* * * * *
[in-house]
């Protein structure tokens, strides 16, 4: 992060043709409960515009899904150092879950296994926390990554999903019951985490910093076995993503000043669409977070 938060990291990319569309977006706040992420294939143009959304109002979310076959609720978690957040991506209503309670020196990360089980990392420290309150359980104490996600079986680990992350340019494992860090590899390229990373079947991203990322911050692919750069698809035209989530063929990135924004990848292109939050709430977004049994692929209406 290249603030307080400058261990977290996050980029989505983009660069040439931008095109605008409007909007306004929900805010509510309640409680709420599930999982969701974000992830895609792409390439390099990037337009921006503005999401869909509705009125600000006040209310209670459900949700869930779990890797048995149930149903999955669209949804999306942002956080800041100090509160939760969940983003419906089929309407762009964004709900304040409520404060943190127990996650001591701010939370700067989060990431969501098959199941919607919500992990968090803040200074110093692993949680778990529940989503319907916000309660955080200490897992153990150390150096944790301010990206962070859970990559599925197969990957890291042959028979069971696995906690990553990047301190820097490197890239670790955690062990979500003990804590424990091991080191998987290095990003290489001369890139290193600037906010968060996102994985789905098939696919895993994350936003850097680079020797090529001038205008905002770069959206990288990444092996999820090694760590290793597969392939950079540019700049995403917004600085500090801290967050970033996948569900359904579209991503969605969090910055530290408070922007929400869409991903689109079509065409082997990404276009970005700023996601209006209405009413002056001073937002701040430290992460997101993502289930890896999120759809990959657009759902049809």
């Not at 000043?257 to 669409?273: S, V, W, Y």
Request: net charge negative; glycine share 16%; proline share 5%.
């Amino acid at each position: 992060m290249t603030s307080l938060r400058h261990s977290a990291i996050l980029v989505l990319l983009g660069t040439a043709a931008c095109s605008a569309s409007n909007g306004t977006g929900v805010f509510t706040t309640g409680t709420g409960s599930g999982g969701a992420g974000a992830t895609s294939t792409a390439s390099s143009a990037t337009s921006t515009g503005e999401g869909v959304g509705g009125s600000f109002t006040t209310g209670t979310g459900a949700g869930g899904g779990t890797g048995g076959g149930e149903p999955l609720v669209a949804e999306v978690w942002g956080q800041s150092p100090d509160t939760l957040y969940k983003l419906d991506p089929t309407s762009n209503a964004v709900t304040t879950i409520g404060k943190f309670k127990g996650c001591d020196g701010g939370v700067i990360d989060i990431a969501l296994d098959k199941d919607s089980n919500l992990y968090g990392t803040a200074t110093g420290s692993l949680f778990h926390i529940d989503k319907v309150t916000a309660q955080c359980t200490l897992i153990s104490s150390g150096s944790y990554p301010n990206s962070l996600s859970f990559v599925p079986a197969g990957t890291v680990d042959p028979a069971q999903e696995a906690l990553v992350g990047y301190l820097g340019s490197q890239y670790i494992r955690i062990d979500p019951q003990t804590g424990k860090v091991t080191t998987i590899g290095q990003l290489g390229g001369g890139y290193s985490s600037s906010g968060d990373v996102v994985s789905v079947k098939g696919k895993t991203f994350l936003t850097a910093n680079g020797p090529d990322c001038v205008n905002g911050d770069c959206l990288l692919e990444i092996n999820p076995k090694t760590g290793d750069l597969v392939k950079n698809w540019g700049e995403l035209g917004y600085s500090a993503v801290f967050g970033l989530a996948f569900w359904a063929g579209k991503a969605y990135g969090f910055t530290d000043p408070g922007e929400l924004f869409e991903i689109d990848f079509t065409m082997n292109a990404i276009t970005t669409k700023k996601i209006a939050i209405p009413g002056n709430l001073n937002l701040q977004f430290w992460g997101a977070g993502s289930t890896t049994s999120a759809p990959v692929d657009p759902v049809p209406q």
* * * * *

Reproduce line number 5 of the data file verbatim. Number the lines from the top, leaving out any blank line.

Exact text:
């Amino acid at each position: 992060m290249t603030s307080l938060r400058h261990s977290a990291i996050l980029v989505l990319l983009g660069t040439a043709a931008c095109s605008a569309s409007n909007g306004t977006g929900v805010f509510t706040t309640g409680t709420g409960s599930g999982g969701a992420g974000a992830t895609s294939t792409a390439s390099s143009a990037t337009s921006t515009g503005e999401g869909v959304g509705g009125s600000f109002t006040t209310g209670t979310g459900a949700g869930g899904g779990t890797g048995g076959g149930e149903p999955l609720v669209a949804e999306v978690w942002g956080q800041s150092p100090d509160t939760l957040y969940k983003l419906d991506p089929t309407s762009n209503a964004v709900t304040t879950i409520g404060k943190f309670k127990g996650c001591d020196g701010g939370v700067i990360d989060i990431a969501l296994d098959k199941d919607s089980n919500l992990y968090g990392t803040a200074t110093g420290s692993l949680f778990h926390i529940d989503k319907v309150t916000a309660q955080c359980t200490l897992i153990s104490s150390g150096s944790y990554p301010n990206s962070l996600s859970f990559v599925p079986a197969g990957t890291v680990d042959p028979a069971q999903e696995a906690l990553v992350g990047y301190l820097g340019s490197q890239y670790i494992r955690i062990d979500p019951q003990t804590g424990k860090v091991t080191t998987i590899g290095q990003l290489g390229g001369g890139y290193s985490s600037s906010g968060d990373v996102v994985s789905v079947k098939g696919k895993t991203f994350l936003t850097a910093n680079g020797p090529d990322c001038v205008n905002g911050d770069c959206l990288l692919e990444i092996n999820p076995k090694t760590g290793d750069l597969v392939k950079n698809w540019g700049e995403l035209g917004y600085s500090a993503v801290f967050g970033l989530a996948f569900w359904a063929g579209k991503a969605y990135g969090f910055t530290d000043p408070g922007e929400l924004f869409e991903i689109d990848f079509t065409m082997n292109a990404i276009t970005t669409k700023k996601i209006a939050i209405p009413g002056n709430l001073n937002l701040q977004f430290w992460g997101a977070g993502s289930t890896t049994s999120a759809p990959v692929d657009p759902v049809p209406q």